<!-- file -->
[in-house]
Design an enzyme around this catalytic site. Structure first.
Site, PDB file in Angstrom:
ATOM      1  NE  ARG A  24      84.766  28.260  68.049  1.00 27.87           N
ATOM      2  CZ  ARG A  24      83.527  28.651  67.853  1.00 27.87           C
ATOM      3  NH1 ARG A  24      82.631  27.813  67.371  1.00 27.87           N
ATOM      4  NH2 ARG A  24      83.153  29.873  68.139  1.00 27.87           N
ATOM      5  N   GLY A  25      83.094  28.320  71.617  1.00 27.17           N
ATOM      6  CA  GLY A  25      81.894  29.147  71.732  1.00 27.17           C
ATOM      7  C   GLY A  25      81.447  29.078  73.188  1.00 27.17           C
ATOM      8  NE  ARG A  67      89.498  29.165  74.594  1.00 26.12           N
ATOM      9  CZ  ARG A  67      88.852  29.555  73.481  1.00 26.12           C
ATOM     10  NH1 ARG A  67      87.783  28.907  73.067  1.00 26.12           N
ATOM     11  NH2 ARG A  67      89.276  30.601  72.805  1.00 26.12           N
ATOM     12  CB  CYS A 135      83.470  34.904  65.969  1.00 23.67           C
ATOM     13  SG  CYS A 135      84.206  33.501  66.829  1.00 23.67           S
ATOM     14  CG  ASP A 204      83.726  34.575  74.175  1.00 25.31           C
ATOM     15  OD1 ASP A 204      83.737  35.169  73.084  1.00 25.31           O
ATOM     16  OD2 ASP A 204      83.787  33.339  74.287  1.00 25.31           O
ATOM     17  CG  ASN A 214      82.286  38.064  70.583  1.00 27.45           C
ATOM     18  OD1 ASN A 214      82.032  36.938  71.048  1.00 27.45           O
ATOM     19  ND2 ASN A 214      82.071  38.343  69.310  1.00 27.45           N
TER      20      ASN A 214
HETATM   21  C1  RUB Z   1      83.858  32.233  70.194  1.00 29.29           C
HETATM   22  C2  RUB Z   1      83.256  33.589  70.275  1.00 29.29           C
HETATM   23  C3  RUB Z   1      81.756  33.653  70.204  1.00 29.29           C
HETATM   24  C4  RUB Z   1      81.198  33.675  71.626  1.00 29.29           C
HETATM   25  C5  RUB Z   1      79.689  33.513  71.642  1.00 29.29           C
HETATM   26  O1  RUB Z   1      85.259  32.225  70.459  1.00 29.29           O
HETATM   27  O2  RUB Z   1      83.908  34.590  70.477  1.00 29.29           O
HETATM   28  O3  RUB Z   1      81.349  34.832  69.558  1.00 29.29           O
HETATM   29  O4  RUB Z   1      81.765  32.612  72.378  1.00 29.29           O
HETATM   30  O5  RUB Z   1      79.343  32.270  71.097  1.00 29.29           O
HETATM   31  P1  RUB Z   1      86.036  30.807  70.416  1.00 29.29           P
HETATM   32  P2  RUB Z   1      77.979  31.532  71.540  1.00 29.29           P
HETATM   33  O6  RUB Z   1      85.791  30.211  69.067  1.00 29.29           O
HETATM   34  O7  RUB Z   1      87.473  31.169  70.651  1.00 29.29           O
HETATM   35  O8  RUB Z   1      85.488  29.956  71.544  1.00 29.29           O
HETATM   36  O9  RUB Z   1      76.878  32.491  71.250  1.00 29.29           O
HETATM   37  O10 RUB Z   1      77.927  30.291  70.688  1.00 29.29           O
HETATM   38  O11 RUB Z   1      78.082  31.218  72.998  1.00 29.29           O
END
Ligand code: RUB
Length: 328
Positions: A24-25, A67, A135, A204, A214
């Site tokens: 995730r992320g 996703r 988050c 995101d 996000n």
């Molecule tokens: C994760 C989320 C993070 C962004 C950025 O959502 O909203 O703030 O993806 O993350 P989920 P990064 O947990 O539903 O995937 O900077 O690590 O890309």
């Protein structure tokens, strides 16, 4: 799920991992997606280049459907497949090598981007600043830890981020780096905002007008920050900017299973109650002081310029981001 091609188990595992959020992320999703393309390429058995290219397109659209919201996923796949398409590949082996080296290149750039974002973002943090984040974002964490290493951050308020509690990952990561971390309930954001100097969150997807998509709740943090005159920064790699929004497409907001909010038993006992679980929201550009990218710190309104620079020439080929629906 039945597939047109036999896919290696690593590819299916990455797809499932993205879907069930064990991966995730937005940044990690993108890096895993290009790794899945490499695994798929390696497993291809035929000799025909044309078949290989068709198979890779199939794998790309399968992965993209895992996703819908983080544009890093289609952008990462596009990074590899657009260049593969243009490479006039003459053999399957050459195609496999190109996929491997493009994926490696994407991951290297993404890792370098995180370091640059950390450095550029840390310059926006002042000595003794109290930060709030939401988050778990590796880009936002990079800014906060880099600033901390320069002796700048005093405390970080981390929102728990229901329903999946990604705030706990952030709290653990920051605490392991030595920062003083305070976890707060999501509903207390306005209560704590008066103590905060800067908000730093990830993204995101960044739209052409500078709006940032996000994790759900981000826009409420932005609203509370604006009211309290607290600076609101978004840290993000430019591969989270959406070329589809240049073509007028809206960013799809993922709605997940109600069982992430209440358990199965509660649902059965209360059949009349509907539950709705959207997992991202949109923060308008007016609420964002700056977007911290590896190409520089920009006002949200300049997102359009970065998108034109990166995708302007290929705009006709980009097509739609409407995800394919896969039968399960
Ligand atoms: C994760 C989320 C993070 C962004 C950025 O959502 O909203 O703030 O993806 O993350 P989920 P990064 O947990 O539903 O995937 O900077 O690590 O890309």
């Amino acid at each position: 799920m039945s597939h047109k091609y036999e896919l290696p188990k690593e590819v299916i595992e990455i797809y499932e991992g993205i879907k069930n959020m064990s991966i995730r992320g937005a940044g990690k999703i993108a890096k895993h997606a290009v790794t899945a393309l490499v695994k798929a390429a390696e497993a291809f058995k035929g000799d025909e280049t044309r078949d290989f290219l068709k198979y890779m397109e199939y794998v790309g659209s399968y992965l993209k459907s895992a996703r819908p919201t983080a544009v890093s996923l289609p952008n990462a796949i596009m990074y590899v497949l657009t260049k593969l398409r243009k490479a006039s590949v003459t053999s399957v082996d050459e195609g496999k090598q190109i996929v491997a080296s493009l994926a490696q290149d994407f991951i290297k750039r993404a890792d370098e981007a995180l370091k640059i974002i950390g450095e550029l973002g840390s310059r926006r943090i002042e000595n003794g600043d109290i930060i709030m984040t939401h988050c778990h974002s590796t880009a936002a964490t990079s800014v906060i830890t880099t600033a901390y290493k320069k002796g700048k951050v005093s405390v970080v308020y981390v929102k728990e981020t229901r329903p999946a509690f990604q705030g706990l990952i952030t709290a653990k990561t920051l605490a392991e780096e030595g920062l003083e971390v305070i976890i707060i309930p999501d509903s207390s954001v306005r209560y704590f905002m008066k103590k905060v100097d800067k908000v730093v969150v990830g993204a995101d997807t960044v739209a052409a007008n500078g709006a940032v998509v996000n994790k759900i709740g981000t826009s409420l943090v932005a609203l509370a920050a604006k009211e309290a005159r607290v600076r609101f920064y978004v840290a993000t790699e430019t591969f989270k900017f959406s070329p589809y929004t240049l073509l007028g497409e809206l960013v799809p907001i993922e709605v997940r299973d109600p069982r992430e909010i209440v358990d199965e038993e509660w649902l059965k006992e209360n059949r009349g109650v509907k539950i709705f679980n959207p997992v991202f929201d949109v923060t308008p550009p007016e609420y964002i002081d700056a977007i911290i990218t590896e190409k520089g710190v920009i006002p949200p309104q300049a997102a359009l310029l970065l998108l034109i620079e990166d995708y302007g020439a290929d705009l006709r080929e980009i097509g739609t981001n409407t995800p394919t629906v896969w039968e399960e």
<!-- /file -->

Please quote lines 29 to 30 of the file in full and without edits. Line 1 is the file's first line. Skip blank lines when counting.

HETATM   26  O1  RUB Z   1      85.259  32.225  70.459  1.00 29.29           O
HETATM   27  O2  RUB Z   1      83.908  34.590  70.477  1.00 29.29           O